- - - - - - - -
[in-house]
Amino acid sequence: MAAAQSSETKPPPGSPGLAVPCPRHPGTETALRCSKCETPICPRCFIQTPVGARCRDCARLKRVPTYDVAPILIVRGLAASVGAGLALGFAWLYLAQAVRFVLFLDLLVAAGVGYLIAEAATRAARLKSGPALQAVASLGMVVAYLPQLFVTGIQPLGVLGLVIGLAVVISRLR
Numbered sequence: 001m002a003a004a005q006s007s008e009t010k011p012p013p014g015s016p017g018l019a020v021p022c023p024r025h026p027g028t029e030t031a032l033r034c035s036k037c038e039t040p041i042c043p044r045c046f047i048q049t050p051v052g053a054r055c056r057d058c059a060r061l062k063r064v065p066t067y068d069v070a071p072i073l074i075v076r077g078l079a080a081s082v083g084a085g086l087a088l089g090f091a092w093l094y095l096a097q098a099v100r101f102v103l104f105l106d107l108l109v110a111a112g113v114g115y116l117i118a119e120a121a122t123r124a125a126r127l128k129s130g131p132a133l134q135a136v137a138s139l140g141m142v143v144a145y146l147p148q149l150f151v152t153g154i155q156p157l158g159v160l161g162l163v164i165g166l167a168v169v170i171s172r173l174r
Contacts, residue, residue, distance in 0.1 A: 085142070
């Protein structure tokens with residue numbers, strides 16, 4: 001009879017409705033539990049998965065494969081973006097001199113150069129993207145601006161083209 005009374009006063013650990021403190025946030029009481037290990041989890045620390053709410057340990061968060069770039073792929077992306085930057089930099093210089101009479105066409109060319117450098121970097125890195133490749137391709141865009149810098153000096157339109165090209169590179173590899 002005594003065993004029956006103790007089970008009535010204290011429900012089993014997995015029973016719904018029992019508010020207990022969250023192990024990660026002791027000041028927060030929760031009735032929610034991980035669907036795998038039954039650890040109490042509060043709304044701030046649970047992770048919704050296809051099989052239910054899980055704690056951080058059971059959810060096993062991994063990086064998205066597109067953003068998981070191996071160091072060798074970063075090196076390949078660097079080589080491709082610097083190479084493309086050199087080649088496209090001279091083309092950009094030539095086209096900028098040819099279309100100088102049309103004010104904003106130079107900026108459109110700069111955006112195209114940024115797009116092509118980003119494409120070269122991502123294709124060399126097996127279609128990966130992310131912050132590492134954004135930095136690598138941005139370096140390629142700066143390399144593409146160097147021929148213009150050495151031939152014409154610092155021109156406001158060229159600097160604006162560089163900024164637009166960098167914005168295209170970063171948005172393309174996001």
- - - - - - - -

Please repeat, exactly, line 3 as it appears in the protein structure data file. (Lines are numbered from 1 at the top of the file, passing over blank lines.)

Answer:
Numbered sequence: 001m002a003a004a005q006s007s008e009t010k011p012p013p014g015s016p017g018l019a020v021p022c023p024r025h026p027g028t029e030t031a032l033r034c035s036k037c038e039t040p041i042c043p044r045c046f047i048q049t050p051v052g053a054r055c056r057d058c059a060r061l062k063r064v065p066t067y068d069v070a071p072i073l074i075v076r077g078l079a080a081s082v083g084a085g086l087a088l089g090f091a092w093l094y095l096a097q098a099v100r101f102v103l104f105l106d107l108l109v110a111a112g113v114g115y116l117i118a119e120a121a122t123r124a125a126r127l128k129s130g131p132a133l134q135a136v137a138s139l140g141m142v143v144a145y146l147p148q149l150f151v152t153g154i155q156p157l158g159v160l161g162l163v164i165g166l167a168v169v170i171s172r173l174r